For the past three years Windesheim University of Applied Sciences has consistently been ranked number one among the top universities of applied sciences when it comes to studying with a disability. Today Windesheim Board member Inge Grimm signed a United Nations (UN) letter of intent.
In this way, the University of Applied Sciences underlines the importance of making its education accessible to people with disabilities. Grimm: "We want to give everyone with enough talent the opportunity to complete a higher professional education programme. We believe it is important to maintain inclusive education for the future. That is one of our reasons for signing the convention."
By signing the UN Convention, Windesheim is committing itself to the agreements made within the UN about making (social) facilities accessible to people with disabilities. Grimm: "We still see challenges in the area of accessibility and appropriate counselling for every Windesheim student. We are happy to join the network associated with this convention in order to learn from others, but also to share our own experiences and knowledge".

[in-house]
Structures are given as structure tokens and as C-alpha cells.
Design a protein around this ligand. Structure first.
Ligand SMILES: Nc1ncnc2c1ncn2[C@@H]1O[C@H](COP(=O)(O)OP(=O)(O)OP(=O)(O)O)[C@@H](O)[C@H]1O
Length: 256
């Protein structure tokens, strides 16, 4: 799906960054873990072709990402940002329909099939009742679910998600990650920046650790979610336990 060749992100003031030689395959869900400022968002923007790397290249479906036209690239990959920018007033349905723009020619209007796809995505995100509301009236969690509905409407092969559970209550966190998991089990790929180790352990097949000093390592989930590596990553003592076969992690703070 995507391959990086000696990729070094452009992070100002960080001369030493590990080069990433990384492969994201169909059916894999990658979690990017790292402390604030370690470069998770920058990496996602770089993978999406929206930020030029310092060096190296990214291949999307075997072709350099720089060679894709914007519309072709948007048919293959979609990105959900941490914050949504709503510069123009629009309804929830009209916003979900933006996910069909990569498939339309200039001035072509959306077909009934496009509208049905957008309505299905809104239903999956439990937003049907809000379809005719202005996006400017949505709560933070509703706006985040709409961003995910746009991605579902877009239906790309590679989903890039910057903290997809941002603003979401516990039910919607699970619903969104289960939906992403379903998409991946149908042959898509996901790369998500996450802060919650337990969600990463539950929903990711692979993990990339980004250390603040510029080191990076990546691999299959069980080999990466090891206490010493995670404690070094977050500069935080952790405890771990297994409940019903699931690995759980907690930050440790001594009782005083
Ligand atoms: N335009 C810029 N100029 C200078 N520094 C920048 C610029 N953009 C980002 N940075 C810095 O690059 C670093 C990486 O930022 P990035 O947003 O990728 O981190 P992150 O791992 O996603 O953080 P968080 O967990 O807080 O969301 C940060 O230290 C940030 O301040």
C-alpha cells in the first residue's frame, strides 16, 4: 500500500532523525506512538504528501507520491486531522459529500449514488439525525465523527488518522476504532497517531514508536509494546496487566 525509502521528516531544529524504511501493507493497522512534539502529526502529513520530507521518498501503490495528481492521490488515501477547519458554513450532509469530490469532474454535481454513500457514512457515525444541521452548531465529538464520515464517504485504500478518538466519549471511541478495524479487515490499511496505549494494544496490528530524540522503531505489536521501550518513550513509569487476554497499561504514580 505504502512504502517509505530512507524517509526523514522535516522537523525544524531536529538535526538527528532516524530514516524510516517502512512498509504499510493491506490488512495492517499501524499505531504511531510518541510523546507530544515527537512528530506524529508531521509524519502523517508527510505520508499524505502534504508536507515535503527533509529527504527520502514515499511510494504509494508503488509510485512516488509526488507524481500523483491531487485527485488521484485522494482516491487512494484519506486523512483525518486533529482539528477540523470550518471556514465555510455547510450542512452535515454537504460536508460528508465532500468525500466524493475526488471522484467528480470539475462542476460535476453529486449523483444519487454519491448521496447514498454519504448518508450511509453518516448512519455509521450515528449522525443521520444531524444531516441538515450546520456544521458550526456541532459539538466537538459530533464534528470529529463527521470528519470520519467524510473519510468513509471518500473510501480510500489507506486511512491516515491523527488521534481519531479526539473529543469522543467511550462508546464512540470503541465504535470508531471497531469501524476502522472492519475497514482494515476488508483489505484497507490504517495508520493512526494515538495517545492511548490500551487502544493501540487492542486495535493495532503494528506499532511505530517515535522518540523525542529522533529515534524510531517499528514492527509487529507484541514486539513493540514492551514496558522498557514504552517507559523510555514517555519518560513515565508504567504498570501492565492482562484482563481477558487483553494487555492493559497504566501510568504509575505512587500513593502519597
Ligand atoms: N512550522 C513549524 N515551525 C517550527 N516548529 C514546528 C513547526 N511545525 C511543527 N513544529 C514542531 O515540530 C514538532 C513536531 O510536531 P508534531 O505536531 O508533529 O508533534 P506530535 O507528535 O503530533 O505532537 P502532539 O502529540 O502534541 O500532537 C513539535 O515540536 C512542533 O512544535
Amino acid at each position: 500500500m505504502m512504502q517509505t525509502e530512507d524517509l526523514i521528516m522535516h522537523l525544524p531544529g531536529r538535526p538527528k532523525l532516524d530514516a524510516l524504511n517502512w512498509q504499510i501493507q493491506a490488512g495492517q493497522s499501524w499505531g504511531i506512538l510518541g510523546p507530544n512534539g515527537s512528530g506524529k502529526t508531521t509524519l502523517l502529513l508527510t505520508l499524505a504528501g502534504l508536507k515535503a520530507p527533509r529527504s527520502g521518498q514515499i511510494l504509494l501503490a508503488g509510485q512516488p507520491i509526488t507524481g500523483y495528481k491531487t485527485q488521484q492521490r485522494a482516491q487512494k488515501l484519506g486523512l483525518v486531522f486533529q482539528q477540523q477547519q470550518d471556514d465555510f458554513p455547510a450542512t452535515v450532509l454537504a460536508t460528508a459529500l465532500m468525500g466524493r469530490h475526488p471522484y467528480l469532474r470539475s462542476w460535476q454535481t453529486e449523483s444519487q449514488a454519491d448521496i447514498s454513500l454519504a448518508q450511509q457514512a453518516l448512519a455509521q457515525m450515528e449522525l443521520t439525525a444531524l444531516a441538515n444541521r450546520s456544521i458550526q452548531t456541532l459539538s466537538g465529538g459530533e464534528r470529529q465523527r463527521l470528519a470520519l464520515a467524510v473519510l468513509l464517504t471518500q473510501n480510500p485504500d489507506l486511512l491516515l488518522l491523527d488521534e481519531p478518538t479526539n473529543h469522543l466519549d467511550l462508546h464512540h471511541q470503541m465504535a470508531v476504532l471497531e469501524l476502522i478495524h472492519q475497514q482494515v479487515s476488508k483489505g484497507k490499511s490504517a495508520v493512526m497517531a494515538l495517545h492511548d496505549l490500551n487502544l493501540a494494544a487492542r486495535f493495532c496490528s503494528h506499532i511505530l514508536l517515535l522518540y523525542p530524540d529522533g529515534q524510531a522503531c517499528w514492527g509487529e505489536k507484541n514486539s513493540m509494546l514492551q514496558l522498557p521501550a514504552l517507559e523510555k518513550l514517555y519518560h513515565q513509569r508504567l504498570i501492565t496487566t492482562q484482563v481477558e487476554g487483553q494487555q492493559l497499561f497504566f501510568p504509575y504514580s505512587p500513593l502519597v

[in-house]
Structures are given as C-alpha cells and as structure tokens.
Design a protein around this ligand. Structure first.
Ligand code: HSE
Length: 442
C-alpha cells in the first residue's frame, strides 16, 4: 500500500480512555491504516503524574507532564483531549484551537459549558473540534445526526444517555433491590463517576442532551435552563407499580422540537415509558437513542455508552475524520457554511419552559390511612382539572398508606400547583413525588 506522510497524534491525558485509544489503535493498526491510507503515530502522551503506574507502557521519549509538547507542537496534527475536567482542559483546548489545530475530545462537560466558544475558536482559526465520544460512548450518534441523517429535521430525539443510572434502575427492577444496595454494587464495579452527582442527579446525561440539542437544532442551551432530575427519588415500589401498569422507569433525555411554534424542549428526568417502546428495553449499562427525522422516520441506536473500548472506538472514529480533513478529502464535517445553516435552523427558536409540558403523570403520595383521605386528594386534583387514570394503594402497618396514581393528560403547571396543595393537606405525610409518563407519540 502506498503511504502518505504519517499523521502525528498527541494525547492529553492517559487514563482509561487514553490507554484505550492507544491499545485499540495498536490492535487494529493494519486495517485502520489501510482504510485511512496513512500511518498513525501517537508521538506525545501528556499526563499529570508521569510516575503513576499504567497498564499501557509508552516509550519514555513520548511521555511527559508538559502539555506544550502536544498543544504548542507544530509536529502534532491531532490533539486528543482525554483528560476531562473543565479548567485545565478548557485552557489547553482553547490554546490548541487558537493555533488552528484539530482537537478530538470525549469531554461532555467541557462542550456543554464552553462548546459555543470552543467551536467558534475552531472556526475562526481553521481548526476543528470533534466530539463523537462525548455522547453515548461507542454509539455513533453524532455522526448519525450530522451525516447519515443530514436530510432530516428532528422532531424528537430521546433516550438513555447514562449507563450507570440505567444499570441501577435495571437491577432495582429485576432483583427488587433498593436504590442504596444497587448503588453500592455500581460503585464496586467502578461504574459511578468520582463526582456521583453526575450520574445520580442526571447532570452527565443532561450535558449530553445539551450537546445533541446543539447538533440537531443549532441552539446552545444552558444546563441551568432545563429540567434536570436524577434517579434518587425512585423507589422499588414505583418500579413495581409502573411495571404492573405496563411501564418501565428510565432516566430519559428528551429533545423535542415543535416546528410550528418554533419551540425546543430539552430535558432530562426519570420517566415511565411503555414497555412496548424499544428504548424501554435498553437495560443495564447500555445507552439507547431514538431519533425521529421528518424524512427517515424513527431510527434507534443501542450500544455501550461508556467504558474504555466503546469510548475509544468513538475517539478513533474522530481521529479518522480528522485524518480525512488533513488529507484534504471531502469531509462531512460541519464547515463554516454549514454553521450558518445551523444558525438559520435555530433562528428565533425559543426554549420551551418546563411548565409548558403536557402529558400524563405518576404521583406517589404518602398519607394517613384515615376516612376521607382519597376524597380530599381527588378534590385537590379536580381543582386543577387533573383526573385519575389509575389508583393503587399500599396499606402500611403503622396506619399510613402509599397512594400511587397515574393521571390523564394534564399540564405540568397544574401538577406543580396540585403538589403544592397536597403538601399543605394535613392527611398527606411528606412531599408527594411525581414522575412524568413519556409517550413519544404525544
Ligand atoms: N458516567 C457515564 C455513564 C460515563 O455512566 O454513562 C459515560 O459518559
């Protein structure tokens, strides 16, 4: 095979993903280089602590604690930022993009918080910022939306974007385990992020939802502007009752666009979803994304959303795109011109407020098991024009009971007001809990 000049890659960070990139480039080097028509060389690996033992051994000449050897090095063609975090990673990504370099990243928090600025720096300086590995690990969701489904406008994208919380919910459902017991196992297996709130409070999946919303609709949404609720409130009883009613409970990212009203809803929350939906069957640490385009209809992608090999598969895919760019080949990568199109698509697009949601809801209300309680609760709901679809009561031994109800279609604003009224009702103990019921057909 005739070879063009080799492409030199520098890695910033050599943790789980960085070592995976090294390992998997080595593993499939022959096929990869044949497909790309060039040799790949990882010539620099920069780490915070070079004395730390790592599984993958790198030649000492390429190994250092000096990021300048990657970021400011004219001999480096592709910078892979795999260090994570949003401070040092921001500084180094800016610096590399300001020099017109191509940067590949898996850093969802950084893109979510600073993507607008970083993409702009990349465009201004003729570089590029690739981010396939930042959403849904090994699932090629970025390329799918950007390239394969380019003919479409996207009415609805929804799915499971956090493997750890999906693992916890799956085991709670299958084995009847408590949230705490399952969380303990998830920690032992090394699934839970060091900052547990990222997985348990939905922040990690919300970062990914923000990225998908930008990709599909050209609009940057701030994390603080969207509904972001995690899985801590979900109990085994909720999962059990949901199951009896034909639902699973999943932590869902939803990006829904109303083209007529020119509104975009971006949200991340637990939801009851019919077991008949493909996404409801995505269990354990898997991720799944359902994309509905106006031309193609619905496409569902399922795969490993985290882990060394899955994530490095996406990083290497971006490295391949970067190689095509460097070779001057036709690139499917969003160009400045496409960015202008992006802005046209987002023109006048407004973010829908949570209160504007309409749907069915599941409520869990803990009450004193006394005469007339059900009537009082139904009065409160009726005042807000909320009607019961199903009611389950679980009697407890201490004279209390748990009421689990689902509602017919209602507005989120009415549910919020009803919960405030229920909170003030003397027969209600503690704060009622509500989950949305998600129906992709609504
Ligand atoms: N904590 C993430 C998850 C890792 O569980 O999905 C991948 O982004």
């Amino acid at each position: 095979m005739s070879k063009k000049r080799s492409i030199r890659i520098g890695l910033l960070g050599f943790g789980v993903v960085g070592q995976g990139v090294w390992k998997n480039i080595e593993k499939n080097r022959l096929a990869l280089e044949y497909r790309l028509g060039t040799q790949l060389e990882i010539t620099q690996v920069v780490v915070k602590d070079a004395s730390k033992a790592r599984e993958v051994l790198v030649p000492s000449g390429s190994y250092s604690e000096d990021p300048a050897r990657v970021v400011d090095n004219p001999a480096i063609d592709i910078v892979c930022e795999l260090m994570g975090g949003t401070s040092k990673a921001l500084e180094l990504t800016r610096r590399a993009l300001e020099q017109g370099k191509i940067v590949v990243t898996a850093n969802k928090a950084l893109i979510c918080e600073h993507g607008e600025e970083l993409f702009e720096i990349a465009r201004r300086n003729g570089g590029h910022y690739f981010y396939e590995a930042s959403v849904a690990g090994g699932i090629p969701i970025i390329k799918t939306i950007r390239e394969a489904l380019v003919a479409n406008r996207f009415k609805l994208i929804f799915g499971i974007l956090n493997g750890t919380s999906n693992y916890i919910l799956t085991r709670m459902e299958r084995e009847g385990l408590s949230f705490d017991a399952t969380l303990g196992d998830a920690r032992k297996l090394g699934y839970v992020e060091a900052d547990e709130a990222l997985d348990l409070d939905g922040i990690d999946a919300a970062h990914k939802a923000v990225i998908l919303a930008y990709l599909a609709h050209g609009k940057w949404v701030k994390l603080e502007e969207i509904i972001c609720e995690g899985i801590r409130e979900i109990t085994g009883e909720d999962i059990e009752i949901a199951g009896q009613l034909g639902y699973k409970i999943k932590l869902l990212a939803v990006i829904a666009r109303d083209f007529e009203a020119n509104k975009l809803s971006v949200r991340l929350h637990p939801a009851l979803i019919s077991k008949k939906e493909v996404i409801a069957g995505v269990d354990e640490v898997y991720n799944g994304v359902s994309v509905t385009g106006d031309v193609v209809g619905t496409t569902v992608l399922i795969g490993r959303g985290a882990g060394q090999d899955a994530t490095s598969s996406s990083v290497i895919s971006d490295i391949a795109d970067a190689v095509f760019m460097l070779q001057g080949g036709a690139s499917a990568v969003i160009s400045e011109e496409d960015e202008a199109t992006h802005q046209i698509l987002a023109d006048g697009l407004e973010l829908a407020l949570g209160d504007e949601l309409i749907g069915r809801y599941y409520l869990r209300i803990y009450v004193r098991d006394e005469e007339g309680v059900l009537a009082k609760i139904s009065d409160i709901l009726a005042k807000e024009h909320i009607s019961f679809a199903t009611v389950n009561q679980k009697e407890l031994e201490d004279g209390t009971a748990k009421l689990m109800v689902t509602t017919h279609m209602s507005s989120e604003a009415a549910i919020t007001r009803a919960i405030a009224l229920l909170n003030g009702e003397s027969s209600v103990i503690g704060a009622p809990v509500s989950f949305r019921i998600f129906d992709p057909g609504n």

Windesheim is now also part of the National Working Group on the UN Convention. In this working group representatives of all co-operating educational institutions collaborate and exchange ideas that contribute to the achievement of the formulated objectives within their own institution. The working group is supported by the ECIO (Centre of Expertise for Inclusive Education).
Windesheim wants to maximize both the digital and physical accessibility of its university of applied sciences. Students can, for example, use reading software or receive support from a student coach. In addition, students can rely on other students with disabilities within a network. These students also help us to further improve our facilities